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Hard at work with her great-grandmother’s small pea-rake.

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And once she had a good pile of raked-leaves, she decided that it was a great burial ground for her baby.

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 I warned her though that children’s services would take the her baby away if they found out. That stopped her. She took Ella away from the pile and started raking again, till she had a good amount of leaves to jump in.

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Don’t you just love watching them have fun in even the simplest ways?

I do.

PS

My husband is right.  We do need a leaf-vac.

A Country Kid’s Post: Bike Lights Carnage

The first time we’ve heard of the Bike Lights Festival at Wadebridge was last year, when we T came home with one of her school’s newsletter asking if any of the kids would want to participate.  I don’t know why, but we didn’t go that year.  My husband and I don’t even remember what we did, or why we didn’t go.  The ones who went said that it was fun, but most of them also mentioned that it was “carnage”.  We didn’t put much meaning to that word, until we experienced it ourselves.

Since the historian had a back-to-back lecture in Exeter that day, one of my mum friends picked T and I up.  It was also her first time, but she repeated what the others said and also used the word “carnage”.

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We arrived early.  There were already tents around, some were selling food, and thankfully, the kids found one that caught their eye.

It was a tent that had bikes which powered a bubble machine, a blender and a home-made-spinning-paint-maker (not sure what they called it), which made absolutely stunning designs/ work of art.

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The kids had fun waiting for their turns to make their masterpieces, which they took home at the end of the parade.

Thankfully the historian arrived before the start.  As you can see from the photos below, I just strung T’s old fairy lights from her room to her scooter.  We weren’t really sure if we were going since it was raining the whole morning and my friend and I both agreed that if it didn’t stop, we wouldn’t go.  I’m glad I decided that it was still worth wounding up her Tinker Bell lights on her scooter.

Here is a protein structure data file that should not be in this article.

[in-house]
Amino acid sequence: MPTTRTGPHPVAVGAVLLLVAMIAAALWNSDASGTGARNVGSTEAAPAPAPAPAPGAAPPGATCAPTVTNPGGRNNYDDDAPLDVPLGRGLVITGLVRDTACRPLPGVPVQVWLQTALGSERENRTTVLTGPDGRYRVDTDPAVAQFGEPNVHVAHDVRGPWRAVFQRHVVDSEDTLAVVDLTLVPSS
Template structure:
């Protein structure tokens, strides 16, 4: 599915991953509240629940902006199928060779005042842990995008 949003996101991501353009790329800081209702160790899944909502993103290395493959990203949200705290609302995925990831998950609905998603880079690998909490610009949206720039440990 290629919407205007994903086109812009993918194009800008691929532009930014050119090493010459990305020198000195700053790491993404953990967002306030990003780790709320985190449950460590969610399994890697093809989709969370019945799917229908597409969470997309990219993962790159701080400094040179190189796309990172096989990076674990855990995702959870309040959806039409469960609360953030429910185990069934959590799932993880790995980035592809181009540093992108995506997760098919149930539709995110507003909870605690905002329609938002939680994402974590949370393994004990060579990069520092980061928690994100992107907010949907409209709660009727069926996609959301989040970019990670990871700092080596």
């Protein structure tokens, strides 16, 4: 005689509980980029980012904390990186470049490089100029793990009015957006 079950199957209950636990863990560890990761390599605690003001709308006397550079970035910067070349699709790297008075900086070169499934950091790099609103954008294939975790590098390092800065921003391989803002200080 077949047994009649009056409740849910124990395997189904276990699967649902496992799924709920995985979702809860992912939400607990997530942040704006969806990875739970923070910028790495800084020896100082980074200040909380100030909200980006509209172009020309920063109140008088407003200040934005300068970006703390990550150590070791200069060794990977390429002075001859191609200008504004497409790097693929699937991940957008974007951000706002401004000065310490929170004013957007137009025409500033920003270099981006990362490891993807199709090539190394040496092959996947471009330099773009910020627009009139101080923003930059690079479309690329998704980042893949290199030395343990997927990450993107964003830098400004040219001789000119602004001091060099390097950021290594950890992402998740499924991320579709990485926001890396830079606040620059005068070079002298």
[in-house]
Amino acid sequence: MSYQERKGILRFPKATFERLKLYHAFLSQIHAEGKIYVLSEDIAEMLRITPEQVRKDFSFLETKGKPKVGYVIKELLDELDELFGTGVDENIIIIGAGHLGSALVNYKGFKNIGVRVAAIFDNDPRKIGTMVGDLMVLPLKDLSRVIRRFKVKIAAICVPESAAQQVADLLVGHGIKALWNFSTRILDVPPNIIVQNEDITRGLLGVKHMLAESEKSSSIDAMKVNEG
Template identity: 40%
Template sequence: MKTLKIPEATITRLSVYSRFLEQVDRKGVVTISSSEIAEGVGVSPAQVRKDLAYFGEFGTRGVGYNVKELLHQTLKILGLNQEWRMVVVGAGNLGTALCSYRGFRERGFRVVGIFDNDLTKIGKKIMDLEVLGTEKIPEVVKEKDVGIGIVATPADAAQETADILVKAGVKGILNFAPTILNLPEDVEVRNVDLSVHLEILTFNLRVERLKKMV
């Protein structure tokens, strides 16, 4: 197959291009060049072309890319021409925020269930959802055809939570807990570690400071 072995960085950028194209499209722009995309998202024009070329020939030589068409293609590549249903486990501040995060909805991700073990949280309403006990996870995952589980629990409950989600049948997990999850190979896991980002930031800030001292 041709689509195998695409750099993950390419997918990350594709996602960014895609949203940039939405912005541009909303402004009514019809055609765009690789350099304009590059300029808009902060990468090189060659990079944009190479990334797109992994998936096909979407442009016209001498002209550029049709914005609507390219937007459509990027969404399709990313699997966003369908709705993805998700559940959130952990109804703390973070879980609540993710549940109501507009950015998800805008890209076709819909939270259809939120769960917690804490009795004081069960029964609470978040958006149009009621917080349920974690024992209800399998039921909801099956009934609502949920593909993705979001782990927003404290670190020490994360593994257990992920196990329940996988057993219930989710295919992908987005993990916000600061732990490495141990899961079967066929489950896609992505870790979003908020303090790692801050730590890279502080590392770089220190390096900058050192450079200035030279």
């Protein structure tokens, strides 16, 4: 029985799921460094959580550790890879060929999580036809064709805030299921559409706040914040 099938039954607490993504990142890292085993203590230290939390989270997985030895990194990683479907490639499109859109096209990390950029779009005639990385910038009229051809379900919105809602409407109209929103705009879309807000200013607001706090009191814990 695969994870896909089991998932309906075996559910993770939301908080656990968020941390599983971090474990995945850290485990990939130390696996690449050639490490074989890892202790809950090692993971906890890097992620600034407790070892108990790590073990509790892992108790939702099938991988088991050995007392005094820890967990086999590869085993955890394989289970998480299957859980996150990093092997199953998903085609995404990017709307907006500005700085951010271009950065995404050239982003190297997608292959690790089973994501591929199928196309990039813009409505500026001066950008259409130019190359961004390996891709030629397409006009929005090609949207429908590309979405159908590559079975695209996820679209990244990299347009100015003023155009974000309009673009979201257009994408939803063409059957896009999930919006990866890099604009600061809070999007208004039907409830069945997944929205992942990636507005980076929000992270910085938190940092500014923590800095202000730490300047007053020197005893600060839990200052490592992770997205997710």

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There they are, posing before the beginning of the parade.  I don’t know why they call it a parade when it wasn’t a parade at all.  It felt more like a race!  Now I know why the called it “carnage”.  It was sheer utter madness once the “parade” started.  All hell broke loose.  Imagine kids ages 5 and upwards in bikes and scooters, zooming past you.

Sorry for the blurry photos since I only used my phone to take some shots.  Besides, even if I brought my Canon, I doubt if I’ll be able to take any decent photos since most of the time, I was actually running!  At one point, I actually thought that I was going to have a heart-attack.  Yes, that’s how unexercised I am, and how manic it was.  I’m glad my husband was there and managed to keep up with T as she zoomed past everyone in her scooter.

It wasn’t just carnage, it was mayhem!  Children in steroids.  That’s what happens when you give kids the go-signal to scoot/bike the streets of Wadebridge.

Jogging along, I passed a pub with everyone outside watching the parade of madness before them.  For a second, I was tempted to run inside and wait for them with a pint in hand and send them a text saying “In the pub.  Wait for you here”.

But I ran along, heart pounding, past the dad with two of his daughters, the other one riding way ahead of him, while he hung on to his other child.  Another mum from T’s school passed as I stopped to catch my breath, all I could hear was her shouting his name to slow down.  She sprinted ahead, I think Mo Farrah would have been impressed!